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He Haerenga Mōrearea – A Hazardous Journey

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Mātauranga Māori and mātuaranga-a-iwi are unique to Aotearoa. They have guided a general understanding of our land and provided more specific insights into volcanism that parallel many of the of the problems that scientific research is trying to solve today. Rūaumoko and expressions of Rūaumoko on the surface of Te Ika-a-Maui have shaped our cultural and physical landscape. This constant activity and changing surface have contributed to the development of new knowledge and mātuaranga since Māori first settled Aotearoa. The related mātuaranga recognises the source of magma deep inside the earth, its connection to the wider Pacific and the Pacific Ring of fire, and connecting Aotearoa to areas of volcanism in Rangitāhua and further afield to Hawaiki.

Our whenua has been shaped by volcanoes that have power to influence the development of iwi and hapu and are seen as entities with specific personalities. The eruptions that have occurred over the last 1000 yrs have guided our waka, provided navigational markers in the sky, and created new fertile land for settlement. In recent times the tohu and environmental changes that have occurred in our landscape were listened to and applied to provide forecasts of potential destructive activity.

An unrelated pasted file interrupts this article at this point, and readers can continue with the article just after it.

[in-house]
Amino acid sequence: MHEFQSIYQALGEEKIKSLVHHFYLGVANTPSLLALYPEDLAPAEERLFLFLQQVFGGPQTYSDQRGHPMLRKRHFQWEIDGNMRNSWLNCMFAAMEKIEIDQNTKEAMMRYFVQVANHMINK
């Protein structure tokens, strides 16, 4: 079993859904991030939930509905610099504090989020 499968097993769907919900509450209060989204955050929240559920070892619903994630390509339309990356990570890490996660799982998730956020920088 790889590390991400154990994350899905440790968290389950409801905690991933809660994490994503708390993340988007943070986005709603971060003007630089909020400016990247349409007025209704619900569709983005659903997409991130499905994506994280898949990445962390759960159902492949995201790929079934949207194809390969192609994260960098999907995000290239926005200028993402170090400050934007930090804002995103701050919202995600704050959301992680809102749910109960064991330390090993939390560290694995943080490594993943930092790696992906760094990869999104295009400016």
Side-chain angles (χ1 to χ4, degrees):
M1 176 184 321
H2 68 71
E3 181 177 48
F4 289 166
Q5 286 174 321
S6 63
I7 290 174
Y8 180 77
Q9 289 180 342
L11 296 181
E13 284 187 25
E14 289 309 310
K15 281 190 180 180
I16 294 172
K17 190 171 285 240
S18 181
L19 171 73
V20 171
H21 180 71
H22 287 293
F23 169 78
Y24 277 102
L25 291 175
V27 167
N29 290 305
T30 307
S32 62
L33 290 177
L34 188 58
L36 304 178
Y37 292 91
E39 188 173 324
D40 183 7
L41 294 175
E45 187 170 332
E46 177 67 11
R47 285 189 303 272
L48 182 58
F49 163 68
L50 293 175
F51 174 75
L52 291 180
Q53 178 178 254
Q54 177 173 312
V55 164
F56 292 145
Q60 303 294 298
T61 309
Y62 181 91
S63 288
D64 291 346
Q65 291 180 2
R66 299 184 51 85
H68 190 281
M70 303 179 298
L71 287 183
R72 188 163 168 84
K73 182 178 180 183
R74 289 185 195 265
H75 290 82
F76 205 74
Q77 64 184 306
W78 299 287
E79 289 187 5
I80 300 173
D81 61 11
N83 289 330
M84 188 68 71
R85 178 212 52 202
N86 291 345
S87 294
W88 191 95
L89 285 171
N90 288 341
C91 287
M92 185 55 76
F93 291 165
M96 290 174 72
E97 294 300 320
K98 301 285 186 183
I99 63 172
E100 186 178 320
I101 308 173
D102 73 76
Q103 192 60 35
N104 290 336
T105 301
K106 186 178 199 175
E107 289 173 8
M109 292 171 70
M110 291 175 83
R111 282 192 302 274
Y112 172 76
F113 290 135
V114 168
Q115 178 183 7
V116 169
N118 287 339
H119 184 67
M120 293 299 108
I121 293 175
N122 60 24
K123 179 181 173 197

During the 20th Century, several eruptions from Ruapehu drove iwi, such as Ngāti Rangi and Ngāti Hikairo to participate in emergency management and decision-making roles to keep communities safe. A new form tangata tiaki has emerged to create new processes of disaster risk reduction based on mātuaranga-a-iwi to ensure that iwi maintains an equitable role in decision making and encourages our young to solve problems using mātuaranga Māori, science, and technology.

Webinar Speakers

Jonathan Procter

Professor of Natural Hazards; Massey University

Jon has contributed to developing research that focuses on volcanic hazard simulation and working with communities to increase resilience to natural and environmental hazards. Jon manages the Volcanic Risk Solutions (VRS) research group and has contributed nationally to developing new research directions in volcanology. He currently co-leads the Resilience to Nature’s Challenge’s Volcano research program and is active in finding new solutions to mitigate the hazards posed by our volcanoes. Being one of only a handful of Māori professional scientists, Jon feels he has a duty to contribute to Māori development. His greatest contribution in this respect has been the development of a new area of research on mātauranga Māori, volcanic hazards and building resilience in Māori communities.

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